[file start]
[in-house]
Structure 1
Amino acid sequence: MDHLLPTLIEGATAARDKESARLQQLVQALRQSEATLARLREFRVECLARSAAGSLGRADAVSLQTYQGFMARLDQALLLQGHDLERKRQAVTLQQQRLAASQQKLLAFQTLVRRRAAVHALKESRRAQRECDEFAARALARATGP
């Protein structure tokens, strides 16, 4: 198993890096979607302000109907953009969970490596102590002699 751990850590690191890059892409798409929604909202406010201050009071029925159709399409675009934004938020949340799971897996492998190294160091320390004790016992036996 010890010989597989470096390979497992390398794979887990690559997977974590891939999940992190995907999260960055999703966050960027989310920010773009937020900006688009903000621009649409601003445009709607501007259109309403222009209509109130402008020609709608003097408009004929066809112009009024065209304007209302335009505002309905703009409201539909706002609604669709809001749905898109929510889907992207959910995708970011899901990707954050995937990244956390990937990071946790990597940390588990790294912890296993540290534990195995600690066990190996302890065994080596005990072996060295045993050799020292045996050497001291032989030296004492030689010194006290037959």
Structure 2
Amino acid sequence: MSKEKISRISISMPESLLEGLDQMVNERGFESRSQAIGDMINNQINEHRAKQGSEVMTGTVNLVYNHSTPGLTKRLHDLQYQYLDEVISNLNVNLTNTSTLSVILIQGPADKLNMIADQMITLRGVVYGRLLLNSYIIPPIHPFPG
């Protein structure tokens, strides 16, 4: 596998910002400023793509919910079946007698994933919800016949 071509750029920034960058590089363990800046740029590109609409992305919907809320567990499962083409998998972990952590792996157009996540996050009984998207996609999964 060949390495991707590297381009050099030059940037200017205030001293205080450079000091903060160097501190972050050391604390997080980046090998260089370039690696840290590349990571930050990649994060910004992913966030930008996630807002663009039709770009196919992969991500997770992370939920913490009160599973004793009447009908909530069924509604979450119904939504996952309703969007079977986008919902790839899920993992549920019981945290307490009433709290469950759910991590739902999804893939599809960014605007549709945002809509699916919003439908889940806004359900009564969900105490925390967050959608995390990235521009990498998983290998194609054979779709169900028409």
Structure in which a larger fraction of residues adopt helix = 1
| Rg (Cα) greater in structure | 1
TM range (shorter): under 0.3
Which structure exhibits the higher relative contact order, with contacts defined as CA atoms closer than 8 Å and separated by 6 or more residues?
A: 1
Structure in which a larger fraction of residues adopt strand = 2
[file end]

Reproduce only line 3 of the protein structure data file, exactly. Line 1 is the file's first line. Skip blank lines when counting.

Amino acid sequence: MDHLLPTLIEGATAARDKESARLQQLVQALRQSEATLARLREFRVECLARSAAGSLGRADAVSLQTYQGFMARLDQALLLQGHDLERKRQAVTLQQQRLAASQQKLLAFQTLVRRRAAVHALKESRRAQRECDEFAARALARATGP